Our next tour was more cultural and nature based. A day break boat trip on Lake Victoria, taking in the flora and fauna of the region and visiting a traditional Luo village homestead on the banks of one of the Lake's tributaries. Unfortunately we were not blessed with a clear day or the magical sunrise that this tour is famous for, but this didn't matter. We watched the fisherman selling their catch on the riverbanks, and others setting sail out into the distance to start their day's fishing on the water. We peeked at birds flitting about, and glimpsed the hippos as they came up for air. We were even lucky enough to be introduced to a woman distilling some illegal changaa, the local home-brew made from fermented sugar cane that is so famous for sending people blind in Nairobi (only when tampered with). When brewed as it should be it makes for a very strong but otherwise harmless tipple. Finally, we were introduced to a Luo family and invited into their home, a group of  mud huts that the head of the family had artfully decorated with paintings of Kenyan wildlife.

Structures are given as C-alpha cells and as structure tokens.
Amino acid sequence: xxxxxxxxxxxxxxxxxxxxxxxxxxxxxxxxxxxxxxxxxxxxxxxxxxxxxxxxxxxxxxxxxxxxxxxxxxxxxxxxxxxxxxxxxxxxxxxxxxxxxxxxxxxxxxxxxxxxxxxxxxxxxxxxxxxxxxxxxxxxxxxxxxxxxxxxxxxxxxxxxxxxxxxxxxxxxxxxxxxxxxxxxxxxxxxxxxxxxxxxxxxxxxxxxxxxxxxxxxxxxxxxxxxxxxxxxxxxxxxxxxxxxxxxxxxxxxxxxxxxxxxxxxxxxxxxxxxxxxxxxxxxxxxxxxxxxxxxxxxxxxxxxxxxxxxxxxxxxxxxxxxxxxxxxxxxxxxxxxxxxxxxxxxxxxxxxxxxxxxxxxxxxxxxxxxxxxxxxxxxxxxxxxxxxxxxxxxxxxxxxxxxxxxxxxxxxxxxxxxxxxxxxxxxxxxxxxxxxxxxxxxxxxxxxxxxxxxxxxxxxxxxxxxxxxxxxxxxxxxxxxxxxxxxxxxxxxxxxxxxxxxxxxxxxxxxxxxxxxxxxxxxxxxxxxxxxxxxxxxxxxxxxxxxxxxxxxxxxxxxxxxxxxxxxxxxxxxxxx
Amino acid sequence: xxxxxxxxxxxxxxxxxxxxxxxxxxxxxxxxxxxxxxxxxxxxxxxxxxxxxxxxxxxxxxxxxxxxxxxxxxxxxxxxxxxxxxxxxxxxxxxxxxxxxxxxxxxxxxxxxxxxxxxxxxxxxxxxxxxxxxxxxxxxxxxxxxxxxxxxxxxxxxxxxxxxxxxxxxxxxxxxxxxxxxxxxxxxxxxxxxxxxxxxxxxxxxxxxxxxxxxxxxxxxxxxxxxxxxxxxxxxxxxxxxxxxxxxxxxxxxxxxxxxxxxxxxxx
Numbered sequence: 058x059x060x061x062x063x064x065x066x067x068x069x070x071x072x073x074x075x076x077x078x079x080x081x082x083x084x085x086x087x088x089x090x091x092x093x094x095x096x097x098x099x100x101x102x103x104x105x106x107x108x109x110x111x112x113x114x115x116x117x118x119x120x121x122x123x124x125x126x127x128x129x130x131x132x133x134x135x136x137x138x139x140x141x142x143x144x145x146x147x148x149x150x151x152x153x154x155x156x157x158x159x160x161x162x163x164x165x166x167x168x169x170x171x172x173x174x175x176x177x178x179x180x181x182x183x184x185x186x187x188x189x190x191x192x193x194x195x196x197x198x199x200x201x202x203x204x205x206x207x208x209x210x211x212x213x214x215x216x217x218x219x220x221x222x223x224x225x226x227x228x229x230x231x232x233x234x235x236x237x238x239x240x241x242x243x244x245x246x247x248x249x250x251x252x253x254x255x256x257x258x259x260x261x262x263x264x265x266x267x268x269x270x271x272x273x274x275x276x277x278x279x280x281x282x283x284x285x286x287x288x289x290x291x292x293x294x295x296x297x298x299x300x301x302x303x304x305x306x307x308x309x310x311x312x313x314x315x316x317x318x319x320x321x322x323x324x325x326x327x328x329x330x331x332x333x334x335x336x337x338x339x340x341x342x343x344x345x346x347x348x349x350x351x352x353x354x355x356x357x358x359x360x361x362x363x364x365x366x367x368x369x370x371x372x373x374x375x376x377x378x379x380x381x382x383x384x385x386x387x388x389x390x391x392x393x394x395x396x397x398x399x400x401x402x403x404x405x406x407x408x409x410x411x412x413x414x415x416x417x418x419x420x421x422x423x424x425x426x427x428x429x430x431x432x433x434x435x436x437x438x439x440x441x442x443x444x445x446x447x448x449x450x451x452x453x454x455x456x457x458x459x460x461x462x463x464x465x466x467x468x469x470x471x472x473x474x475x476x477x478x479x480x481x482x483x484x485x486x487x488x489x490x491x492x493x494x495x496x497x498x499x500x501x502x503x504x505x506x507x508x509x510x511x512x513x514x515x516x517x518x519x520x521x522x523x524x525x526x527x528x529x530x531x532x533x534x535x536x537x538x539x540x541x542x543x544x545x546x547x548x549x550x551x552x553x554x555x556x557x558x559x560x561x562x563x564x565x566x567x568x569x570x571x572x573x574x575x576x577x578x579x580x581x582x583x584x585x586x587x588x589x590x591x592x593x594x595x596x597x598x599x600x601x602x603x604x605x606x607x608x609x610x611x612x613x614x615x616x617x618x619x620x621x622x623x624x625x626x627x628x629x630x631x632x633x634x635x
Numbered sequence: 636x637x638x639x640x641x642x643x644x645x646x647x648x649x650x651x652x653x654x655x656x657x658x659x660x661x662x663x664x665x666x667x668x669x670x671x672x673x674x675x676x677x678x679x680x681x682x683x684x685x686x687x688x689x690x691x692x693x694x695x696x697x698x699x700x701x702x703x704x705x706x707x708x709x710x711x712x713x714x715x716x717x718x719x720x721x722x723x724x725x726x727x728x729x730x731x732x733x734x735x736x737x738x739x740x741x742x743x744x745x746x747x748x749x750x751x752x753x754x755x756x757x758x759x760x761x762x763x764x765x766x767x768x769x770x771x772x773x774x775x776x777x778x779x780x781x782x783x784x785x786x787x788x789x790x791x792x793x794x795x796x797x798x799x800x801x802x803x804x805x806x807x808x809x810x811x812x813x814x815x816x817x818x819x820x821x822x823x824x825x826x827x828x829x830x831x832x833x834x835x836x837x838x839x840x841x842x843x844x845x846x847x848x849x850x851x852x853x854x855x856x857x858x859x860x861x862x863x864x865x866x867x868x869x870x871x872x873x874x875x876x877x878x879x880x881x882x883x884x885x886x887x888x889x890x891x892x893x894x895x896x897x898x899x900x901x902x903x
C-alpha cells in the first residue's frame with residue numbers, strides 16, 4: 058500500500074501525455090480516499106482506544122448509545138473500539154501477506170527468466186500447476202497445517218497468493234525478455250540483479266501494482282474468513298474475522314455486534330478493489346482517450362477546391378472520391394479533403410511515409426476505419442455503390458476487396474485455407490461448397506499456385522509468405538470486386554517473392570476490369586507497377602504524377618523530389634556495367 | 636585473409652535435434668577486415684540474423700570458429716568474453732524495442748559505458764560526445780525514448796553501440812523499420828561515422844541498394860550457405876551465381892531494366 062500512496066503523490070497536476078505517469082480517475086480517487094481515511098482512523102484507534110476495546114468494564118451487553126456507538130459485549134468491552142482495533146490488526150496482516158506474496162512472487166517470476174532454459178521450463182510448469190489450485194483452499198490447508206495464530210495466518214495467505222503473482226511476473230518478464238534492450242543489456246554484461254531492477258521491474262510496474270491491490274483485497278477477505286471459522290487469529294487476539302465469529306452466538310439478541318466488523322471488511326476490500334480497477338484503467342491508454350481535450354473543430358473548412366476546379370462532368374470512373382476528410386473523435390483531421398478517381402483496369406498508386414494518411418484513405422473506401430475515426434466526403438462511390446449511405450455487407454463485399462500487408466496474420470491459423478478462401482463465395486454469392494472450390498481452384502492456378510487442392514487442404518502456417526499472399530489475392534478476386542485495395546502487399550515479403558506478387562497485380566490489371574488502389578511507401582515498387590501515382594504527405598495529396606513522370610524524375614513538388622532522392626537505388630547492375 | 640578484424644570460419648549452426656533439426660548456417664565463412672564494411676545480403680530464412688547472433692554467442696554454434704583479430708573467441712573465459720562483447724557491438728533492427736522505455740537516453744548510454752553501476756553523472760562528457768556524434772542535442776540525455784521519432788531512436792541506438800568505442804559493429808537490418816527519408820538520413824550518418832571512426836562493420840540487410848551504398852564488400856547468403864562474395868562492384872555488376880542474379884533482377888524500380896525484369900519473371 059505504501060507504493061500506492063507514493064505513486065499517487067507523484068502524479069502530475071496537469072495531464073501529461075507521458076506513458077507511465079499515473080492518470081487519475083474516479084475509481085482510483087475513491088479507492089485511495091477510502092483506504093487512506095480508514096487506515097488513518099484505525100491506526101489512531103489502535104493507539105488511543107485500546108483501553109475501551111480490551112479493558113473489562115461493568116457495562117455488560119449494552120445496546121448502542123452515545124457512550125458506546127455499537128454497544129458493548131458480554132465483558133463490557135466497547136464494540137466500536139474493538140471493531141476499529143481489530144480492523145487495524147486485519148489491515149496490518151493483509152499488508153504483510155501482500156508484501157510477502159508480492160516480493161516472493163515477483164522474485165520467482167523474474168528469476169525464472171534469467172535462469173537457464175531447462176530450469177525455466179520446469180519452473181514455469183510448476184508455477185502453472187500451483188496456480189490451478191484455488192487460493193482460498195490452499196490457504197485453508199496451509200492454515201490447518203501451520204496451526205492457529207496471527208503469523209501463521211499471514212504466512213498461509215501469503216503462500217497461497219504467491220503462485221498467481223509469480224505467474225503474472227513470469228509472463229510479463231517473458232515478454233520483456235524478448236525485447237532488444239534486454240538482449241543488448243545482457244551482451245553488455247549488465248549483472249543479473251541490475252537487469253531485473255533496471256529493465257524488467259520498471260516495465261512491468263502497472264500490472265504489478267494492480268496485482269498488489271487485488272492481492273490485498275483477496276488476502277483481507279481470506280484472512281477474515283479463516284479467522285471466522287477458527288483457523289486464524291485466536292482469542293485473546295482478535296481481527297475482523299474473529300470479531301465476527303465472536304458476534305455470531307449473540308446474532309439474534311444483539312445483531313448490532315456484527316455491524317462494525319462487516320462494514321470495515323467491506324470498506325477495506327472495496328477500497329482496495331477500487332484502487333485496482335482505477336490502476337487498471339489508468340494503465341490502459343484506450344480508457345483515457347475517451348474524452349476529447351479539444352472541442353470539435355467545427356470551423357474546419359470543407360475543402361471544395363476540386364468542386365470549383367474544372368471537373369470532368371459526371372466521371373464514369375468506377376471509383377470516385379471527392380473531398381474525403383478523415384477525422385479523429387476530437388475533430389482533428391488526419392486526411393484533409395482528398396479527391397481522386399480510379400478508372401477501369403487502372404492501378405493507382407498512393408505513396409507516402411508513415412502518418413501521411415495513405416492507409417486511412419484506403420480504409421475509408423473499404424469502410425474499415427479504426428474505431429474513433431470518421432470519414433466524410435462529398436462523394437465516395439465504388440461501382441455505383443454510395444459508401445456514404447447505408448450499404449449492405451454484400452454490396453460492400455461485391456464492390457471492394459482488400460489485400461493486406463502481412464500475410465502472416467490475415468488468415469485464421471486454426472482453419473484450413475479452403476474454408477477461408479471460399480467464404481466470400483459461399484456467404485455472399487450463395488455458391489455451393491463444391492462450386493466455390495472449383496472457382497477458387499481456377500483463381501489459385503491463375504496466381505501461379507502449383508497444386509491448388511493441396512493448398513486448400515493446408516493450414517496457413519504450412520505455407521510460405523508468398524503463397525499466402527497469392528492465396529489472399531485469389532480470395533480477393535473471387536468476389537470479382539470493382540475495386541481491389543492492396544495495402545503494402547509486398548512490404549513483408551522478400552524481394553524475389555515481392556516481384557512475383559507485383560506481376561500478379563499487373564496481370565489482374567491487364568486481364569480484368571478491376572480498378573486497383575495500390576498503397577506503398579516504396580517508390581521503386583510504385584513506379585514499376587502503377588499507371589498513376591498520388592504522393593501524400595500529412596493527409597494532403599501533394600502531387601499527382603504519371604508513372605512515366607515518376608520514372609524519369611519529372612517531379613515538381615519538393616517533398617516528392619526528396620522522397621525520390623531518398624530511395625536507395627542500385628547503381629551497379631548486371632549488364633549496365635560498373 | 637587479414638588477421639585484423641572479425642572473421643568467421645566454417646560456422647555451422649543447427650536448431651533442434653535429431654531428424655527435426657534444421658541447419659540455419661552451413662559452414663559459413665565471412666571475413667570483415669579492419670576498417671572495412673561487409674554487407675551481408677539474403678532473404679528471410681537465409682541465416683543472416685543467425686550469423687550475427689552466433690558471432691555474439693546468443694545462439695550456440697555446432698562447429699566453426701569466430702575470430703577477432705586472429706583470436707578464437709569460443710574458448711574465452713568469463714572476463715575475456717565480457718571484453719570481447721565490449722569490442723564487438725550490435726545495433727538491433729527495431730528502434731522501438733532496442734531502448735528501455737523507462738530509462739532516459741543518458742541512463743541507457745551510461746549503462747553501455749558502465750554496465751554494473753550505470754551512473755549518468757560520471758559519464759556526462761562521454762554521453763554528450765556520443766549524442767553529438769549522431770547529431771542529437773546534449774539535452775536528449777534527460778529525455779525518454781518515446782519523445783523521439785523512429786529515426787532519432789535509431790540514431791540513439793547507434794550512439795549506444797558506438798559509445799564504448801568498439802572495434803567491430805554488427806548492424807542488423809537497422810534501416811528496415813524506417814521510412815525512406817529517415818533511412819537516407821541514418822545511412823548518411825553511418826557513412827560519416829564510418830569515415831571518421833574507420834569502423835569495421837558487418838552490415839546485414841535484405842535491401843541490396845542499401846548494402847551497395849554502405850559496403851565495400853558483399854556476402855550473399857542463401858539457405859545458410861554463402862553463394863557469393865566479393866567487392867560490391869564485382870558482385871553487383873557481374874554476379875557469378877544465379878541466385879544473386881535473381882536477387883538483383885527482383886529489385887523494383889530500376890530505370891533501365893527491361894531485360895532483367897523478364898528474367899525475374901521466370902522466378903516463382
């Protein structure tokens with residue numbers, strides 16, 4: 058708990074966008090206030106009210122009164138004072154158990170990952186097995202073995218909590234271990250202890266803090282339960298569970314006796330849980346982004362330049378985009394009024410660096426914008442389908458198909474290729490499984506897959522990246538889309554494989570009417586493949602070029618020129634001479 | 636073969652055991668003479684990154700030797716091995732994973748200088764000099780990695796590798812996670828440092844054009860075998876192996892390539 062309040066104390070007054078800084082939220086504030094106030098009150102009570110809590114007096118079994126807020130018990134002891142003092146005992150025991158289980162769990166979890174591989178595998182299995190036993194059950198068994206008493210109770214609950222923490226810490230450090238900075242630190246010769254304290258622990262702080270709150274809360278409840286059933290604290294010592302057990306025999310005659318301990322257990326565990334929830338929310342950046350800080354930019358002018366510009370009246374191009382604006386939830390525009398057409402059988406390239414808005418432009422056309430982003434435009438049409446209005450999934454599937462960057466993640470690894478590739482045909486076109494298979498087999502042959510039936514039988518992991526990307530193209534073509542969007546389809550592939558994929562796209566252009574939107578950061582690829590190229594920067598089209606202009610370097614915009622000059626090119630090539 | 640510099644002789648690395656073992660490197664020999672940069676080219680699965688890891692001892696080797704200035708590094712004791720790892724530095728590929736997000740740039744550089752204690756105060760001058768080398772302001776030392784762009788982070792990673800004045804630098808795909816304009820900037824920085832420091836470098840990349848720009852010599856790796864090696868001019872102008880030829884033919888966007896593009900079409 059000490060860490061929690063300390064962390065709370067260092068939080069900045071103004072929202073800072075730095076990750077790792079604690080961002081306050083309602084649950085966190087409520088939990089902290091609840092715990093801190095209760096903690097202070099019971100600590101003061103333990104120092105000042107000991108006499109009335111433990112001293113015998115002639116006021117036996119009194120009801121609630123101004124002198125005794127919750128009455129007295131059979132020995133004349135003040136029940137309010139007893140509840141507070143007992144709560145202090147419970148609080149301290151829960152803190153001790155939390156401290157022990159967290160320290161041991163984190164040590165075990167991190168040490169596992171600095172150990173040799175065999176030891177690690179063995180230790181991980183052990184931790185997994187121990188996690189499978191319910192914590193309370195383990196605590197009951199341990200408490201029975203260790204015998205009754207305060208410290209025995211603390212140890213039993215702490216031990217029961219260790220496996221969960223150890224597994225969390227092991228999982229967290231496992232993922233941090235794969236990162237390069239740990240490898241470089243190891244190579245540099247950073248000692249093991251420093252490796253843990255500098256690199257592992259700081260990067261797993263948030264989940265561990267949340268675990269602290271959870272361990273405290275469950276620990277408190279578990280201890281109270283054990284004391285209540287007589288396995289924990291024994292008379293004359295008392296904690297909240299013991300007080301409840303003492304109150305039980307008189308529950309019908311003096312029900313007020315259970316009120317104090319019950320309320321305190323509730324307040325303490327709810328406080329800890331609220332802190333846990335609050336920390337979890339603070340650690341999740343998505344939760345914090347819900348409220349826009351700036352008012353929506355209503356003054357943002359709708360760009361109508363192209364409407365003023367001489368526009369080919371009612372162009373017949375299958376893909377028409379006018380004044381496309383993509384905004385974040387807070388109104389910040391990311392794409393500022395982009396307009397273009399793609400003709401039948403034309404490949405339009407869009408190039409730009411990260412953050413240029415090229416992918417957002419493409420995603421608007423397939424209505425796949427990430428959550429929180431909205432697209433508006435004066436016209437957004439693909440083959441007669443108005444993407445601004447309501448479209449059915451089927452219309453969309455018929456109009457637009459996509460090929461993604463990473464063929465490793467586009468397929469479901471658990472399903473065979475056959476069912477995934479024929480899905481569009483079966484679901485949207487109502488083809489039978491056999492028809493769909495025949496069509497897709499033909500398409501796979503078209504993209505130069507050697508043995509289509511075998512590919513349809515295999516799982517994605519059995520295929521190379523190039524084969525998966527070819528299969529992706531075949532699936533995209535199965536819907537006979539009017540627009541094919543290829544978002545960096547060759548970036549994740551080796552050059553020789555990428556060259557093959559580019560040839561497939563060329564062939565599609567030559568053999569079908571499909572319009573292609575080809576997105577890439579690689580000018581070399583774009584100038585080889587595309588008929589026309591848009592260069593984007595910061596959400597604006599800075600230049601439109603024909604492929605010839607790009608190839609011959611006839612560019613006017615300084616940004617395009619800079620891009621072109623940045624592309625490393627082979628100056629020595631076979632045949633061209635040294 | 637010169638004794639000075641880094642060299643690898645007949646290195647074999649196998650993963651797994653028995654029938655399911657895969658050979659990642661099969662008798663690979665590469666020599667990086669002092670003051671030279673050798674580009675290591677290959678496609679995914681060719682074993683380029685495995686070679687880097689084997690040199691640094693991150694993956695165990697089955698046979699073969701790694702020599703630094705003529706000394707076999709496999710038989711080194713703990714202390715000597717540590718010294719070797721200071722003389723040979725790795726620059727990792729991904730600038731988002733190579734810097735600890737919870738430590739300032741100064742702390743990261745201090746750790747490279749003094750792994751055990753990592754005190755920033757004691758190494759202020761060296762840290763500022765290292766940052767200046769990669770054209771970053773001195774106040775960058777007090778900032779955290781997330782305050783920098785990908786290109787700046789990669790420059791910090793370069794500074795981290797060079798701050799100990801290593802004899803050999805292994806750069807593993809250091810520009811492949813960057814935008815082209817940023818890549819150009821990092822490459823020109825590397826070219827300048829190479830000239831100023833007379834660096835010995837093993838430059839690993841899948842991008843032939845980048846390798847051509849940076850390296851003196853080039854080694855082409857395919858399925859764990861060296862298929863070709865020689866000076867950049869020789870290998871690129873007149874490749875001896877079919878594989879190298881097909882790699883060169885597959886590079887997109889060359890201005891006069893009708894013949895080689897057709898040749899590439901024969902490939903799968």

What we were left with from our brief stint in Kisumu was a sense of hope. Yes Kenya is poor, there is disease, there is crime, there is corruption; the same old issues we hear of time and time again and which can sometimes seem insurmountable. But there are also so many people who are willing to work hard to make life better for themselves, for their families, for their communities and for their people. Once you scratch the surface a little, the originally hopeless picture starts to melt away and you can find so much that is good. People look after each other here, they care about each other and they share what little they have. Bit by bit, they are working together to try to improve their lot.This story is similar in many developing countries around the world and I have witnessed a similar sense of kindness and community in the slums of India, Brazil and Nepal. Coming from a world where there is so much, too much to go around, it is a lesson I never tire of learning and it never fails to bring me back down to earth with a bump. As I finish this off Chris and I are now back in the UK. It has been such a shock to discover all of our belongings; so many 'things' that we simply don't need and, cliched as it may sound, it is the honest truth that I often think of the people we have met who have so little and yet are happy and sure of what they do have and try to learn from their example, their simplicity of being. In the few weeks we have been back my mind has become so cluttered with things, thoughts and decisions that their world sometimes seems a lifetime away. I wouldn't swap the privilege that I have had in my life for the world and I am all the more thankful for it these days, but it certainly does me no harm to remember how good the simple things in life can be once in a while, how we really don't need too many 'things' to be happy.